The Scout who is at all doubtful about finding the way back should occasionally halt and look at the way he has come. In bush or scrub country, when following a road or track, be careful to note other tracks joining your route at a small angle, thus:-

a, b, c, d is the outward road. At b and c, other tracks join it. The Scout going from a to d is not likely to notice these unless he is vary observant; but coming the other way back he is sure to see them, and may be confused as to which is his right road. To sum up, the "bump of locality" is a result of a trained and practised habit of observation.
(2) Coming Back by a Different Route.

In an enemy's country the Scout can seldom risk coming back the, way he went out, especially through defiles, passes, or fords. He must choose a different route. Again his habit of observation of landmarks, car., will greatly help him. His training in map-reading also is of use here. A patrol goes from

a to b about ten miles. There is a dangerous spot at c that the leader wants to avoid when returning. He moves out to d and then heads for camp. A little, diagram as I have drawn it and a brief calculation will enable him to strike his direction near enough for practical purposes, as on approaching the camp or outposts lie will be sure, to recognise landmarks. There is one thing requisite here, viz. that he should always have a pretty accurate idea of the distance travelled. I always did this by judging my rate of movement and noting the time taken from point to point. There is no better way that a know of unless you can identify your position on a map. Then, of course, everything is easy.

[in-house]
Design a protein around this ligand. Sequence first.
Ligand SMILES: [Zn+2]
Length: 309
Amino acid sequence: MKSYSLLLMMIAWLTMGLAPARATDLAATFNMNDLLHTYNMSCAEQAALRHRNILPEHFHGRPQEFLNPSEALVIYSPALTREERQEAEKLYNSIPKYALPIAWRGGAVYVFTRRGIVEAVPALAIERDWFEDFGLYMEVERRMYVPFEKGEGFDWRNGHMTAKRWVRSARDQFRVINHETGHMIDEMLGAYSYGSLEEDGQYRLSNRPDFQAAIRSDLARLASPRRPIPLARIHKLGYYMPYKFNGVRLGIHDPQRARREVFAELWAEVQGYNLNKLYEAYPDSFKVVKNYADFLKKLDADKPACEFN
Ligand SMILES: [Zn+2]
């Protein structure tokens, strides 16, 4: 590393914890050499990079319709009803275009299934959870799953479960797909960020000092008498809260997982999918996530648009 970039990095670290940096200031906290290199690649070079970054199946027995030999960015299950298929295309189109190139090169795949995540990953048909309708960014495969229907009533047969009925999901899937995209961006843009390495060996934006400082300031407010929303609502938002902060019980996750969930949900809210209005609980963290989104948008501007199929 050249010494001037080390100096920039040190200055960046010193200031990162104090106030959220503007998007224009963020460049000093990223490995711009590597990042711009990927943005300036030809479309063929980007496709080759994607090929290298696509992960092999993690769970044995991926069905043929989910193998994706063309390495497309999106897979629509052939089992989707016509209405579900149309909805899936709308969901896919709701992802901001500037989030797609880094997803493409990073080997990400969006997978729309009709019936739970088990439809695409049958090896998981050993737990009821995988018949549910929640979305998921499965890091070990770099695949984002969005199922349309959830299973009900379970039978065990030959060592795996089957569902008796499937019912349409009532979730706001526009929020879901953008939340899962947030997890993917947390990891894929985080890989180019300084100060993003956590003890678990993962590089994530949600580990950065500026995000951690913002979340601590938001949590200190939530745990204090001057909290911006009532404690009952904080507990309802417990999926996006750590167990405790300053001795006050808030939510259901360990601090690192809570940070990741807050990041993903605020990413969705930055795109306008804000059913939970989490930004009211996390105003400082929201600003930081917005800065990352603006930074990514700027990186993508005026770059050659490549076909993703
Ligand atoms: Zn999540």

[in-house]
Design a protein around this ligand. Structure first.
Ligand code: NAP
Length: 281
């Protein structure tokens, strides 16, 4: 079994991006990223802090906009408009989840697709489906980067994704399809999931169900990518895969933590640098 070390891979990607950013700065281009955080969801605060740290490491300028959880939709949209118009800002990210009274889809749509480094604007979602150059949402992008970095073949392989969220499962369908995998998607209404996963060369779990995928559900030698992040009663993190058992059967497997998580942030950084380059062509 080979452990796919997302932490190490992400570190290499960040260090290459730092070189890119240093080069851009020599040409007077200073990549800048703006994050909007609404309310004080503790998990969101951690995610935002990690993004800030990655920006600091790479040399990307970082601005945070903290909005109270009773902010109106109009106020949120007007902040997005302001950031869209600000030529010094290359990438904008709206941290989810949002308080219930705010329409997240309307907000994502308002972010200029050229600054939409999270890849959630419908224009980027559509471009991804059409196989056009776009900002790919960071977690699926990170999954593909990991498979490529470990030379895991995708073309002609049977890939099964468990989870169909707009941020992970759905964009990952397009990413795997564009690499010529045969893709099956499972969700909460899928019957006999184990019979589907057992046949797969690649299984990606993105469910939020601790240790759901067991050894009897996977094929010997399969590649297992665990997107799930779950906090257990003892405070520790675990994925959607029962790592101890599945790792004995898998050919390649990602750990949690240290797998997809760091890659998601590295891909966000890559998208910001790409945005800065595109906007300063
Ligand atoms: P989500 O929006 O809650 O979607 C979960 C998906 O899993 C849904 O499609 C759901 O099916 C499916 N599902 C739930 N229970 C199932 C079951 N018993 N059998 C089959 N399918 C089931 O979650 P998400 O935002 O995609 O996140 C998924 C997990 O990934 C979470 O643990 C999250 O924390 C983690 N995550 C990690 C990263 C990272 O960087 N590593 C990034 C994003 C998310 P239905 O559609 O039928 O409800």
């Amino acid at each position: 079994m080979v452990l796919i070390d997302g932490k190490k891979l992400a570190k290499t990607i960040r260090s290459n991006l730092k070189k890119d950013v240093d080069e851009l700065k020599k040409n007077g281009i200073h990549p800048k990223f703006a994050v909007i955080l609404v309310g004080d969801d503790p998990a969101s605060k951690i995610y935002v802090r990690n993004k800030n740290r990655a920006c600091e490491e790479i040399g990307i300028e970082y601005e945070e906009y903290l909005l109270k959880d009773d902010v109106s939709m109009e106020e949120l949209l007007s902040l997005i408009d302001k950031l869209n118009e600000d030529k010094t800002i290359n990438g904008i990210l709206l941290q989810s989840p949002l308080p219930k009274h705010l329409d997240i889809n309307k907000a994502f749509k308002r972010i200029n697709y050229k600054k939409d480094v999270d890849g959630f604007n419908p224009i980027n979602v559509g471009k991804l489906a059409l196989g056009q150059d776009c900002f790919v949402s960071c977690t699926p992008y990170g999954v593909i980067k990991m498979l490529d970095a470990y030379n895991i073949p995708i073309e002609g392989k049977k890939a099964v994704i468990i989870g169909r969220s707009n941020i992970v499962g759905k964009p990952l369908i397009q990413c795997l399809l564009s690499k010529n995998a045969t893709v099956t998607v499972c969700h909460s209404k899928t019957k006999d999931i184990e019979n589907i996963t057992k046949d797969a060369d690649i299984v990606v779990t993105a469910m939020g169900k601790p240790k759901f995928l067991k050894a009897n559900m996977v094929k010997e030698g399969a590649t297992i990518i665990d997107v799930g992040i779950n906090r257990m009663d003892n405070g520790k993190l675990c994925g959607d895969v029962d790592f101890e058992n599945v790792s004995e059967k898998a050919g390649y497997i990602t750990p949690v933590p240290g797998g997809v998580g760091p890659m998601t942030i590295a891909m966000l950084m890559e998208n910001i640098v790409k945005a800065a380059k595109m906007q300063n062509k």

If his “Map Memory" has been developed, he can then close up the map and put it away, but for hours afterwards he has a complete mental picture of his intended route, with all adjacent topographical features. When launched on his journey he knows - here to look for hills; where to expect watercourses and how the water runs, if any; when he will strike a well-marked road, a railway, or a telegraph line; where there are bridges, swamps, and gullies; what villages or habitations he must avoid.

The would-be patrol leader must know that the only reliable map may be the property of the General, and that he will be lucky to be allowed five minutes' study of it; that even if he have a good map he cannot be constantly pulling it out when Scouting by day, and that at night it is almost impossible to refer to it. Therefore, cultivate the "Map Memory."
(4) The Use of the Compass.

This is sufficiently dealt with in the Manual of Field Sketching, and is easily learned in a few minutes.
(5) The Sun, Moon, and Stars.

A little instruction and practice will render the patrol leader independent of the compass so long as he can see the sun, moon, or stars. As to the sun: we are taught ill childhood that the sun rises ill the East and sets in the West. This is only true, however, at the time of the Equinoxes - that is, on the 21st of March and the 23rd of September in our (Southern) Hemisphere the sun rises.
(3) Finding the Way to a Given Point in Strange Country.